CSS <resolution> Data Type

The <resolution> data type is used with media queries to denote the density of pixels of an output device — its resolution.

The CSS <resolution> data type represents the size of a single "dot" in a graphical representation by indicating how many of these dots fit in a CSS in, cm, or px.

When you see <resolution> (including the < and >) anywhere in the CSS specifications, this refers to the fact that the value can be a valid resolution.

Resolution values are dimensions denoted by <resolution>. A dimension is a number immediately followed by a unit identifier, which is an identifier.

The unit identifiers for <resolution> are:

Dots per inch.
Dots per centimeter.
Dots per px unit.

Here's how CSS defines each of the lengths:

Unit Name Equivalence
cm centimeters 1cm = 96px/2.54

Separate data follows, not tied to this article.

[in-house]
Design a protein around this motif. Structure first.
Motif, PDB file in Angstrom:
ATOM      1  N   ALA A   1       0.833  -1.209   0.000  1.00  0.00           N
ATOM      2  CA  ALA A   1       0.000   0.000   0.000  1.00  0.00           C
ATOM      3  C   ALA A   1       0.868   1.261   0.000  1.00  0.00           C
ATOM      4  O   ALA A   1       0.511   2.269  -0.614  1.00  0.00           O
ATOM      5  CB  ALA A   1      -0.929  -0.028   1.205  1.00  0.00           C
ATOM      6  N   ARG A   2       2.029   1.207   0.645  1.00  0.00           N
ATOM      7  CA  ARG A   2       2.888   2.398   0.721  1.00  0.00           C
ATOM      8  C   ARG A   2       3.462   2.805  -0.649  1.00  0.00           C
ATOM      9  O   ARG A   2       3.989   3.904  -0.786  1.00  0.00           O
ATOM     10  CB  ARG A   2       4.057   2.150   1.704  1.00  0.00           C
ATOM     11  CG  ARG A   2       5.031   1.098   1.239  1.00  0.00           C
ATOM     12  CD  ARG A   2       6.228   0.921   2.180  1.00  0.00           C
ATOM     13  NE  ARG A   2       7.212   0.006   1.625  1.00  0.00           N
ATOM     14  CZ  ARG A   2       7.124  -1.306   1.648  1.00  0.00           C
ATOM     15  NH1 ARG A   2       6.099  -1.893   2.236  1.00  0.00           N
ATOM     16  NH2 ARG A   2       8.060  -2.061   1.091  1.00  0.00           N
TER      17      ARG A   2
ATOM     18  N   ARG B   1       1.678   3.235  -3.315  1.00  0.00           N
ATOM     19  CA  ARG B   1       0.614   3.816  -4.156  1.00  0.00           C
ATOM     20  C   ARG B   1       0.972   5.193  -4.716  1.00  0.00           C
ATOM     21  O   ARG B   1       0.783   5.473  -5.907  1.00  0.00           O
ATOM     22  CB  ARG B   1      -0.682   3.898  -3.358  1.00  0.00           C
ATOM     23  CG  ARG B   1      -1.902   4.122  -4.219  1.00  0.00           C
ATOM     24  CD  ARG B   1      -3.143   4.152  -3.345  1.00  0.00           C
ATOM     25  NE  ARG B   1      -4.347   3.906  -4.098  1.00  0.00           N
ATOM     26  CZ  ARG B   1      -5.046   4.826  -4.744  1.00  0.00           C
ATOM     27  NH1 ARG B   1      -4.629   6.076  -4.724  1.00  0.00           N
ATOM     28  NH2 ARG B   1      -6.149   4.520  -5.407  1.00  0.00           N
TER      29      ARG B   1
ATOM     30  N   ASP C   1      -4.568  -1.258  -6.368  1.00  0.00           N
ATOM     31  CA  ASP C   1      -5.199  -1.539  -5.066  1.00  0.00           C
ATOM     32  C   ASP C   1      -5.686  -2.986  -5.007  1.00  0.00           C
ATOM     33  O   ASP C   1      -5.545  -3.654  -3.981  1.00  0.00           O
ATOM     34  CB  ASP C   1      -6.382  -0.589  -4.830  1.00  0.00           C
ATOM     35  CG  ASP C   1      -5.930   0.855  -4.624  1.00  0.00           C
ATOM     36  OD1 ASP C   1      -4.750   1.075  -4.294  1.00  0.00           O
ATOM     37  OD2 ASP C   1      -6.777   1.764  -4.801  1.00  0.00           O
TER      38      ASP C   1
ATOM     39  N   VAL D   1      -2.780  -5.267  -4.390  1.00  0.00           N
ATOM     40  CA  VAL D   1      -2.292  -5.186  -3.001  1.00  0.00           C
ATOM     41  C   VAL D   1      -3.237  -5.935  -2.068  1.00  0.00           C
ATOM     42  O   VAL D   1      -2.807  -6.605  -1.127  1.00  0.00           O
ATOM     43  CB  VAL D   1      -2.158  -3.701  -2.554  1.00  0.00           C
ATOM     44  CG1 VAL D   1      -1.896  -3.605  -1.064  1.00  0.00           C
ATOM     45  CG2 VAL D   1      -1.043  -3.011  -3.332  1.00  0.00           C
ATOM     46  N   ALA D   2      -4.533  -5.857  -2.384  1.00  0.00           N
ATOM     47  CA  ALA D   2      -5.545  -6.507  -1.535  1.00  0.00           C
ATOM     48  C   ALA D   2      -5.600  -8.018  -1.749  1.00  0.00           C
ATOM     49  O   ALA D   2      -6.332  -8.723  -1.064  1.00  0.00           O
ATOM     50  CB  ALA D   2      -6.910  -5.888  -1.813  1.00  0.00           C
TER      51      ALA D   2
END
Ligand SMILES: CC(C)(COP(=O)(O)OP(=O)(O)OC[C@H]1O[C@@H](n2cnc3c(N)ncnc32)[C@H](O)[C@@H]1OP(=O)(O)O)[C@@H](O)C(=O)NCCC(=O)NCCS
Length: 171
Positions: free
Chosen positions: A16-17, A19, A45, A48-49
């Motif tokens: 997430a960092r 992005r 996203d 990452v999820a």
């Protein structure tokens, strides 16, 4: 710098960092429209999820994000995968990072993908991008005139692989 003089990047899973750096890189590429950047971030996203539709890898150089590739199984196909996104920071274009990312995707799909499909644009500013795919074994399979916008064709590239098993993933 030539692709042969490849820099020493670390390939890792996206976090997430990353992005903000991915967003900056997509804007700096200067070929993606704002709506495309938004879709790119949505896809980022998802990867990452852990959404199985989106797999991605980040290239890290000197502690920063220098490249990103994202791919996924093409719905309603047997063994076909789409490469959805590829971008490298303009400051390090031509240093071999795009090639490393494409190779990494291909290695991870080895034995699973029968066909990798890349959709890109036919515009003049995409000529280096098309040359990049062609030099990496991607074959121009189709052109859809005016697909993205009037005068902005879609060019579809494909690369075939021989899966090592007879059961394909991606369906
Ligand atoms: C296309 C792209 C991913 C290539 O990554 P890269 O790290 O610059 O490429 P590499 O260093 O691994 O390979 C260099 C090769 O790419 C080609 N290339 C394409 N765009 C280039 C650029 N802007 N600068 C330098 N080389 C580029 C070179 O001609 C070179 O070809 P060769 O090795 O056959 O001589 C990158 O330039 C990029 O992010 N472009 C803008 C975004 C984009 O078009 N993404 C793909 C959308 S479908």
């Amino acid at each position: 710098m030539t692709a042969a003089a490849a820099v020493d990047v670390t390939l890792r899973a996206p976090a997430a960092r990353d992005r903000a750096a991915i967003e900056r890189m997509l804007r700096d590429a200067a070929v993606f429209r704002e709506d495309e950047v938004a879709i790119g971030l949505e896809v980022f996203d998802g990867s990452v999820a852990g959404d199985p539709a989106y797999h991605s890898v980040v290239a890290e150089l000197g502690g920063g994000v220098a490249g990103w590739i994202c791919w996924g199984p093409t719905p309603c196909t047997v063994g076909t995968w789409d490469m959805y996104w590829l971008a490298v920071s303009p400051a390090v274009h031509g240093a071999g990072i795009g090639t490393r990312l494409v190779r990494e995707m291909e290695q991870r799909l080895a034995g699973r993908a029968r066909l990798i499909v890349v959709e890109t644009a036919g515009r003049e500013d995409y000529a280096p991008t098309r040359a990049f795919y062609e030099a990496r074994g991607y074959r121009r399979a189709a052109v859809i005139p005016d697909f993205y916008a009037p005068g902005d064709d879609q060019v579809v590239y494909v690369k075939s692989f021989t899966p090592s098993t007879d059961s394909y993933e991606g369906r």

in inches 1in = 2.54cm = 96px
px pixels 1px = 1/96th of 1in

Here are some valid <resolution> values:

As with all dimensions, there must be no space between the value and the unit identifier.

A <resolution> Example

The <resolution> data type is commonly used within media queries. Here's an example of a media query:

Media queries allow you to use different styles for different devices. In this example, we test against the device's resolution. If the device has a resolution of at least 300dpi, then the enclosed styles will apply to that device. If the device's resolution is lower than 300dpi, then it won't use those styles.

Here's another example. This time we test for a resolution of 2dppx:

Here's a working example where I display one of four background colors depending on the user's screen resolution:

I also use the content property to generate a different message depending on the resolution.

CSS Specifications